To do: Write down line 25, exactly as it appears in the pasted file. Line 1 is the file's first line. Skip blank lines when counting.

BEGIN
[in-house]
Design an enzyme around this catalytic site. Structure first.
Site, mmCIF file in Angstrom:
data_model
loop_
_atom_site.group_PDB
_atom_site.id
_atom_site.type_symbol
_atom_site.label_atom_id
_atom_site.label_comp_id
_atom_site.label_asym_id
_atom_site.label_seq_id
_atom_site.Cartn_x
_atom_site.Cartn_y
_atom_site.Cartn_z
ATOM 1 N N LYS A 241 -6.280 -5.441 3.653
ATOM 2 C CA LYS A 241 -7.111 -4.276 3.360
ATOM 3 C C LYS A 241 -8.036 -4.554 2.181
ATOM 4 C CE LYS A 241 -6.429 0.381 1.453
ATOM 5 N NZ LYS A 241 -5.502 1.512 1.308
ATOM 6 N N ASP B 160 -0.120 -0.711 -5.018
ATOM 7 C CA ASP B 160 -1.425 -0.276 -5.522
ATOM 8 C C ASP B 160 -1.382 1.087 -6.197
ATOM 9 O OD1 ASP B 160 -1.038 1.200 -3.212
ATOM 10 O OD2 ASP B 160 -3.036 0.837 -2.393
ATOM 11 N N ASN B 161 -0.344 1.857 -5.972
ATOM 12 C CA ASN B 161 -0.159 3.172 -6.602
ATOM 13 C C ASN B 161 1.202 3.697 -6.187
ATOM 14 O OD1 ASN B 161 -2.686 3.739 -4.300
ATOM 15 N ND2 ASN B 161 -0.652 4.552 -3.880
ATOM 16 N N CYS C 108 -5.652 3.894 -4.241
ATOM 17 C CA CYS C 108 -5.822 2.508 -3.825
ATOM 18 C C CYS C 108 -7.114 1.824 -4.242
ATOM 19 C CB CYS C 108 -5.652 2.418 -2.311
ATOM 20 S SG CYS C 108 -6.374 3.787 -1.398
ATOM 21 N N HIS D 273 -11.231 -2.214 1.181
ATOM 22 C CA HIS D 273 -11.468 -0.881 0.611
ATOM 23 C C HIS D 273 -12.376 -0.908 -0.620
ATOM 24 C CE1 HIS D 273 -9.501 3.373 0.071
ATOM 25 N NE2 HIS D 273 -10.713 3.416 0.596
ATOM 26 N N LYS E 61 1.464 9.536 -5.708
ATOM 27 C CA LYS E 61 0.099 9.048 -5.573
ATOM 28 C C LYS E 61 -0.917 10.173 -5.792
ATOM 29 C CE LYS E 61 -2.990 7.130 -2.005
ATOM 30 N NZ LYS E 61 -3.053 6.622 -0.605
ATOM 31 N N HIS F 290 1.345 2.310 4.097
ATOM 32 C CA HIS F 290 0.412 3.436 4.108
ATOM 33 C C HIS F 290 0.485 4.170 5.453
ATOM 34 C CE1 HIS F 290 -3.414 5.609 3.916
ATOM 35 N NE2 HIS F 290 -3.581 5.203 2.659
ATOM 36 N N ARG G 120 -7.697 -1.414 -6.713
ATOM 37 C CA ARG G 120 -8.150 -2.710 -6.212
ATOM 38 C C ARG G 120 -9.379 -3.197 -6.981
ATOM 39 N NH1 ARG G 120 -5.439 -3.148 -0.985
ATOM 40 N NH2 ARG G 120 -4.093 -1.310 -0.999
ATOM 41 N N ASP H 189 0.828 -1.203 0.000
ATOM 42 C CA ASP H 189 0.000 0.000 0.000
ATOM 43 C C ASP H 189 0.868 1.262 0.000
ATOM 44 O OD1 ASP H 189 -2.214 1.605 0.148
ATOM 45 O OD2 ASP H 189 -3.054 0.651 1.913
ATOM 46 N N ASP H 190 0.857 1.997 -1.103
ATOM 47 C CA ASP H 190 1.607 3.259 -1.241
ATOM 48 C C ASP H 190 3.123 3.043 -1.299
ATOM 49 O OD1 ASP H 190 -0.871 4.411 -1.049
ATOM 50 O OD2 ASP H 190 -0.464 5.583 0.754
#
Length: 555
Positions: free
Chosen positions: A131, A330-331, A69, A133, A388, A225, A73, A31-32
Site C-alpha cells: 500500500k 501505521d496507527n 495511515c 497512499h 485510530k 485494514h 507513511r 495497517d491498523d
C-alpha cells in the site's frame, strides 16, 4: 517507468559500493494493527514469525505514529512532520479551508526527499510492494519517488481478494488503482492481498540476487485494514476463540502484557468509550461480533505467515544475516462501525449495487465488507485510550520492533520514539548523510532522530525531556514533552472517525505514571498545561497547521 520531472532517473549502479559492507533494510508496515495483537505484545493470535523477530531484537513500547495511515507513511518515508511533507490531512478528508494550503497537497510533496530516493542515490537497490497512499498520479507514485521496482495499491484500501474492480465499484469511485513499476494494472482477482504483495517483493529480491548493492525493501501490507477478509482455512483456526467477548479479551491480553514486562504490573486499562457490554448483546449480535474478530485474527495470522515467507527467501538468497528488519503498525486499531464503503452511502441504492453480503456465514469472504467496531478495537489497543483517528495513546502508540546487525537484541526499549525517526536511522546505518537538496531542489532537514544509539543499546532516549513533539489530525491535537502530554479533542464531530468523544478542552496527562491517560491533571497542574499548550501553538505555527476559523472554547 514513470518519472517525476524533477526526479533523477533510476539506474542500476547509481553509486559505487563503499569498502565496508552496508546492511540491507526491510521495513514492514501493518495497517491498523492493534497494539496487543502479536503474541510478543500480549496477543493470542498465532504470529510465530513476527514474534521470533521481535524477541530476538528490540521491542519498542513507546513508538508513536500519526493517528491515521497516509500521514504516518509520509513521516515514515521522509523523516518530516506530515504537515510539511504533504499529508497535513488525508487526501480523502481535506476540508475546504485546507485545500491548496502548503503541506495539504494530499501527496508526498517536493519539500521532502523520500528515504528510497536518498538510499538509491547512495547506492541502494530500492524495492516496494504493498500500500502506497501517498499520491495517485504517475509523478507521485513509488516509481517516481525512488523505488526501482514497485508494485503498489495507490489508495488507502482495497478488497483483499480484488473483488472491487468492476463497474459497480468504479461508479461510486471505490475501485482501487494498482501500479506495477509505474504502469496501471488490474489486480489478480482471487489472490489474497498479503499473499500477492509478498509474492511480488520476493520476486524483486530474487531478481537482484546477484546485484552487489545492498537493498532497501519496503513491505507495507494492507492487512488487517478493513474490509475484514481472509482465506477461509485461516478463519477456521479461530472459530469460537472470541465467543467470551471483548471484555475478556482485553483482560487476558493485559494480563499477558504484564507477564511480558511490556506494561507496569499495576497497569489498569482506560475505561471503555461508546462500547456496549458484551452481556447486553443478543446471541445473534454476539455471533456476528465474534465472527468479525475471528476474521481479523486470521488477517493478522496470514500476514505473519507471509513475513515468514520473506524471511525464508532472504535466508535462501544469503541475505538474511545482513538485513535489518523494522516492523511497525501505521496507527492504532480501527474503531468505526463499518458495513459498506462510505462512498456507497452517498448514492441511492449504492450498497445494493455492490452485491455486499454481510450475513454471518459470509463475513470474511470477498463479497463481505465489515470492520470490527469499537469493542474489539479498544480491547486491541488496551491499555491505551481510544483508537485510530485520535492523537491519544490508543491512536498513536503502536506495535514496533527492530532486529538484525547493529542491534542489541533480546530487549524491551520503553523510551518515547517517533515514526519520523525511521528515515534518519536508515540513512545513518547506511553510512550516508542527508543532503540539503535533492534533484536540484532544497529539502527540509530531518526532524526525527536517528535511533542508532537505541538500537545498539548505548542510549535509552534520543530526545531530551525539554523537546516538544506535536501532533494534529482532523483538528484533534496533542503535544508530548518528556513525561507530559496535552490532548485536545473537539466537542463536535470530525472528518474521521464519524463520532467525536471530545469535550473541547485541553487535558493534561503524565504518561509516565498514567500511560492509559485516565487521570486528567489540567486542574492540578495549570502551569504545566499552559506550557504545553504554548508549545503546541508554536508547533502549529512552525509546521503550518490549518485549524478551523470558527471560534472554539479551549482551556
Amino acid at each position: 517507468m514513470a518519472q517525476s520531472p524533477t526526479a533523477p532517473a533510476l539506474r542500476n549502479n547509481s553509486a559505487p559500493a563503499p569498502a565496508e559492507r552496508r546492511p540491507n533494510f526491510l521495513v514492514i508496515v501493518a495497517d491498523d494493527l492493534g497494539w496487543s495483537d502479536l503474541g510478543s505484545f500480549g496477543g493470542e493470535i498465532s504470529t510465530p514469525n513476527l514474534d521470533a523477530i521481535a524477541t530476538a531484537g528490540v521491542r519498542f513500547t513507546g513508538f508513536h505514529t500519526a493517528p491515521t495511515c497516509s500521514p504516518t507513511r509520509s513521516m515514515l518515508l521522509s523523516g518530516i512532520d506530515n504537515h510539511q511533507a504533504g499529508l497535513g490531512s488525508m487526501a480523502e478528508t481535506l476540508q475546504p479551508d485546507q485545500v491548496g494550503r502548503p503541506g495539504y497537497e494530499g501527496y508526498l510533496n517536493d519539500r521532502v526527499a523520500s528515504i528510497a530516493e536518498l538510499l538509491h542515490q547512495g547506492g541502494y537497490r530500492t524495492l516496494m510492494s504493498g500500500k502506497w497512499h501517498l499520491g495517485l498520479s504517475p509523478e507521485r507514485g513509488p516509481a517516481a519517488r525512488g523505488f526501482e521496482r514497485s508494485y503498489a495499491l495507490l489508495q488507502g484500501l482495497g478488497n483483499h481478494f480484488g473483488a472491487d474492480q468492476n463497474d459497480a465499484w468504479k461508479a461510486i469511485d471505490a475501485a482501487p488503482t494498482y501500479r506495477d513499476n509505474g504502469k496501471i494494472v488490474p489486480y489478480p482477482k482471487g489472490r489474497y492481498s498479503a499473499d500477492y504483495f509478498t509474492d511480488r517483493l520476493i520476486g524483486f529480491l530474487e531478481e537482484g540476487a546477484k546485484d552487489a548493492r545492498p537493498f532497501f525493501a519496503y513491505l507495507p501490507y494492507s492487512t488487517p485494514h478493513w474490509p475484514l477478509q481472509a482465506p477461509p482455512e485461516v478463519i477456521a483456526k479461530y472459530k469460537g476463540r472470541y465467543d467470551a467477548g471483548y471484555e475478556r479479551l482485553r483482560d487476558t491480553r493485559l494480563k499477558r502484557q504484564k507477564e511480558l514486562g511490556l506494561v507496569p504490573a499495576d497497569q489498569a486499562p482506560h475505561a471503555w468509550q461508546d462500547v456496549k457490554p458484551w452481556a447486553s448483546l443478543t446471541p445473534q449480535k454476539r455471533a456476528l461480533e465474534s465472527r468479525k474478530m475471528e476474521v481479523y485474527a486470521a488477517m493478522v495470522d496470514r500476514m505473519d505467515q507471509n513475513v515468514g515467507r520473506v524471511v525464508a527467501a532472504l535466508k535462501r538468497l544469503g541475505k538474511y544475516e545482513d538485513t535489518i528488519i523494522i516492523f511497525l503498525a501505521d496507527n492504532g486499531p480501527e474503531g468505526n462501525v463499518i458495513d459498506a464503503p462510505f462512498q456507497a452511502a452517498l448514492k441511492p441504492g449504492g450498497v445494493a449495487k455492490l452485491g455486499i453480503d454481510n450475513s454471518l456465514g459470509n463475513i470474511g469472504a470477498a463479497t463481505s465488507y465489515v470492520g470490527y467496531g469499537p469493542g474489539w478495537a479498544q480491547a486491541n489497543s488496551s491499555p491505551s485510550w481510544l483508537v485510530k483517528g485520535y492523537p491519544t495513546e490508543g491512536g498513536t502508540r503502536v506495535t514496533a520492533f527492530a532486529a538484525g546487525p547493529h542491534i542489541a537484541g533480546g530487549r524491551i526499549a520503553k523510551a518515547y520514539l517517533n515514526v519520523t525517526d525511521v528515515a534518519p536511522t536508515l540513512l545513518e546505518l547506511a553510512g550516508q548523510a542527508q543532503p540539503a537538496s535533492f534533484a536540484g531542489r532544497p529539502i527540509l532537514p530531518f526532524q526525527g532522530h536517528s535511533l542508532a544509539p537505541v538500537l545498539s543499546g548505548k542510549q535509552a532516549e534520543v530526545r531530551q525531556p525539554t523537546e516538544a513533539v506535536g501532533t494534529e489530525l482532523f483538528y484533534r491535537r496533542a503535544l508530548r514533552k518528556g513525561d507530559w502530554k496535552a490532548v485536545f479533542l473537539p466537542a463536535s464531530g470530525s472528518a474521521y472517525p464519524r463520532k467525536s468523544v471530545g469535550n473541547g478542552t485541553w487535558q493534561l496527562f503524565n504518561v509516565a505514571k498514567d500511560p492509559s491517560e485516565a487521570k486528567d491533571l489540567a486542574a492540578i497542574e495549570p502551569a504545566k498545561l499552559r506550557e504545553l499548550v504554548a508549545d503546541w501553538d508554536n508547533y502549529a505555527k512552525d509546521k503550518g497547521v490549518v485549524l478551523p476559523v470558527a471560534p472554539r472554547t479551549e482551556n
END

ATOM 10 O OD2 ASP B 160 -3.036 0.837 -2.393